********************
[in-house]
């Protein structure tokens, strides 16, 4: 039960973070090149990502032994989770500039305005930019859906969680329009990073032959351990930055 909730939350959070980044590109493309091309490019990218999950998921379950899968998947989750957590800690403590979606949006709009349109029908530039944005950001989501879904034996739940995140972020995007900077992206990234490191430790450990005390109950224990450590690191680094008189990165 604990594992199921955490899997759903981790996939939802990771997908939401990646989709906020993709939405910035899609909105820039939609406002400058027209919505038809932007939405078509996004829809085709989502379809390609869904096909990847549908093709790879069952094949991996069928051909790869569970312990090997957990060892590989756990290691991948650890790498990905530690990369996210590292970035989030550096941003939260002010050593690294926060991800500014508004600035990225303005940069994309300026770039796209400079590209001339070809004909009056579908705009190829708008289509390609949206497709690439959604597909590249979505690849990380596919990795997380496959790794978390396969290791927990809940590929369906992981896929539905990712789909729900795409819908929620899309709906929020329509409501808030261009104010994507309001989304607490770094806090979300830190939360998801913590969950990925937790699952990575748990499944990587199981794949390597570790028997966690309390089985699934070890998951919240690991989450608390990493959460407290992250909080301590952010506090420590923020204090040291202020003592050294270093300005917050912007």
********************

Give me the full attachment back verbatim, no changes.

[in-house]
């Protein structure tokens, strides 16, 4: 039960973070090149990502032994989770500039305005930019859906969680329009990073032959351990930055 909730939350959070980044590109493309091309490019990218999950998921379950899968998947989750957590800690403590979606949006709009349109029908530039944005950001989501879904034996739940995140972020995007900077992206990234490191430790450990005390109950224990450590690191680094008189990165 604990594992199921955490899997759903981790996939939802990771997908939401990646989709906020993709939405910035899609909105820039939609406002400058027209919505038809932007939405078509996004829809085709989502379809390609869904096909990847549908093709790879069952094949991996069928051909790869569970312990090997957990060892590989756990290691991948650890790498990905530690990369996210590292970035989030550096941003939260002010050593690294926060991800500014508004600035990225303005940069994309300026770039796209400079590209001339070809004909009056579908705009190829708008289509390609949206497709690439959604597909590249979505690849990380596919990795997380496959790794978390396969290791927990809940590929369906992981896929539905990712789909729900795409819908929620899309709906929020329509409501808030261009104010994507309001989304607490770094806090979300830190939360998801913590969950990925937790699952990575748990499944990587199981794949390597570790028997966690309390089985699934070890998951919240690991989450608390990493959460407290992250909080301590952010506090420590923020204090040291202020003592050294270093300005917050912007």